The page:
It’s a Thursday night and local artiste Anne-Janette Webster sits down for a moment between sets at the Solo Club, Bartlesville’s oldest functioning watering hole.
It wasn’t that long ago that the trendy crowd that packed the joint tonight would have steered clear of the Solo Club, the place had been a literal dive, until about five years ago when a local entrepreneur took interest in the space transforming it into the upscale club that it is now.
Set up something like a Billy Joel song, the joint is rife with stories, not the least of which comes from the night’s entertainment, who is currently digging into a vodka and club soda with a bit of lime.
Her husband and business partner, Jay, also tends bar here periodically. When not playing shows or slinging sprits the pair ramrod local production house Pioneer Productions, churning out scores of local and national commercials and specials.
Tonight however, Webster is definitely wearing her chanteuse hat, parading through a variety of standards and originals.
Sonically Webster puts the listener in the mind of a Tori Amos or Linda Perry in her quieter moments but with a decidedly Midwestern sensibility. Tonight Carole King songs will mix with Jazz classics book-ended by tunes from Webster’s debut Indie CD, Down to Nothin’.
Ann-Janette’s schedule has been pretty full lately, thanks in no small part to Down to Nothin’. The full length is a good representation of Webster’s style and range mixing ethereal strains with goose-bump inducing ballads.
“You know I’m open to playing in any venue,” she says between sips of her drink. “I do dinner gigs, private parties, corporate stuff, all across the board.” She says however that she always enjoys playing her home town.
“Bartlesville’s a big melting pot, plus the Solo is kind of a homebase for me.”
Her most recent show prior to this was at Arnie’s in Tulsa - quite a different ambiance than the Solo Club.
“I think a lot of people think what I am doing is different simply by being a female.”
Gender politics aside, Webster is on the downside of a hectic couple of months. Time spent preparing virtually every aspect of “Brighter Day Ahead: Live from the Heartland,” an hour long Ann-Janette performance that debuted on OETA and its affiliates on Dec. 13 and running for the next few months. The program, which was produced by the aforementioned Pioneer Productions, showcases Webster’s songs in a rather Spartan setting, beginning with a grand piano piece that winds its way through into duets with Bartlesville Symphony Orchestra’s Maestro Lauren Green on cello, guest spots with her brother and sister Jarrod and Ashlee Elmore and finally an appearance by a five member “mini-choir”.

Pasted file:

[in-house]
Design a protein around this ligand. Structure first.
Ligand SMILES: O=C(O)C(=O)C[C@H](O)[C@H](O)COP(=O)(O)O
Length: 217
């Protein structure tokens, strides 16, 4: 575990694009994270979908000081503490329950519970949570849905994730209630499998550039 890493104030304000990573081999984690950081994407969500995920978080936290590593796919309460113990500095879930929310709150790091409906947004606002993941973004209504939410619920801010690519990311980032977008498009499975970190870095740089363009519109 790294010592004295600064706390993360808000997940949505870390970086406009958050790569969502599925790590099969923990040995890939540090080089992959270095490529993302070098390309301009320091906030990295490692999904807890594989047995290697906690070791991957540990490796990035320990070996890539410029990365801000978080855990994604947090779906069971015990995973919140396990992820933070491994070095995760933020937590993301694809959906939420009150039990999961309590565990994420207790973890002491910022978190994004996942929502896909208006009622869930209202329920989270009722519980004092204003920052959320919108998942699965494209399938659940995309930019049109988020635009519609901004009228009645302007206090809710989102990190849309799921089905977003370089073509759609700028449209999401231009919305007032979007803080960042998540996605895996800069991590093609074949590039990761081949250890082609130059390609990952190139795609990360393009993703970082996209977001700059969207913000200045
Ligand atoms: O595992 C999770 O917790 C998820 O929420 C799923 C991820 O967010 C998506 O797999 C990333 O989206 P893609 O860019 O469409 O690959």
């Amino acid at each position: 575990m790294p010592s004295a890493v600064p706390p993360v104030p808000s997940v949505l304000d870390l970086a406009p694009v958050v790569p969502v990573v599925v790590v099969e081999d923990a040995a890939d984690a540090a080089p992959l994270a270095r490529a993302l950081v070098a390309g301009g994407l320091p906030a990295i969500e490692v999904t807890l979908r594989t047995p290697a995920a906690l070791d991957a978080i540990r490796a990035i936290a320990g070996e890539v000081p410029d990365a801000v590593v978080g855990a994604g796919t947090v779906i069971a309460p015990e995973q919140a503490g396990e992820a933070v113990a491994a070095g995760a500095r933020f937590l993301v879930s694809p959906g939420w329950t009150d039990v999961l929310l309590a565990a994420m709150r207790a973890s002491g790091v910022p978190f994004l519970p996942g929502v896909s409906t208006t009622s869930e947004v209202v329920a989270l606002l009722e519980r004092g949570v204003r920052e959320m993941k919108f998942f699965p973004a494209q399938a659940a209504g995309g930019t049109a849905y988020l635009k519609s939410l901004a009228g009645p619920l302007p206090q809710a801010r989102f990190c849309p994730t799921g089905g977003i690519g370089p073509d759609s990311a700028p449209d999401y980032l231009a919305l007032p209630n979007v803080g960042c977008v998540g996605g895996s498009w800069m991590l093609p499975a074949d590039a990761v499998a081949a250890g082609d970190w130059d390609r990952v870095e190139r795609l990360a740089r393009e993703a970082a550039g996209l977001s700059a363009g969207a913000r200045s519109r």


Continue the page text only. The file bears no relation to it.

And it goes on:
”It’s cool doing the songs in a variety of ways” she says. “I mean we’ve got a live band on some songs, an organ, and backup singers on others.”
The “Brighter Day Ahead” concert is a triumph of sorts for Ann-Janette. While a number of her music videos have aired on TV, this is the first semi-long form concert of her original music to break the airwaves.
“As most people know it is really difficult to make it in the entertainment industry” she says. “When you find that a lot of bigger doors have been shut you try to find other ways in to get a little attention for what you are doing. From there it wasn’t too long before we started thinking about producing our own entertainment pieces.”
Ann-Janette’s relationship with OETA goes back several years and included the airing of several music videos produced by Pioneer Productions.
“When we went to the people at OETA with the idea for the project, they were really excited,” Webster reflects. “I think by all our hard work over the years, we really earned a pass.”
Regardless of what led up to its creation, “Brighter Day Ahead” is a near perfect translation of Webster’s live show. Culled mainly from Down to Nuthin’, the songs are for the most part stripped down re-interpretations of the original songs.
“People familiar with my original stuff will hear it done a little differently,” she said. “it’s some acoustic versions of some familiar songs, with some we’ve done different arrangements.”
With any luck she says that it will catch some industry eyes. For the time being, however, a DVD and live CD of the performance will have to suffice. Both are available at her live shows and Website. For the near future Ann-Janette says that she’s anxious to start writing on a new record.
“I haven’t written anything due to the other projects I’ve had going, so I don’t know what direction (the next album) is going to go in. Right now I’m just doing stuff that I would want to listen - I can say that it will probably be more organic and less produced.”
For more information on Ann-Janette and her music, you can find her online at www.ann-janette.com.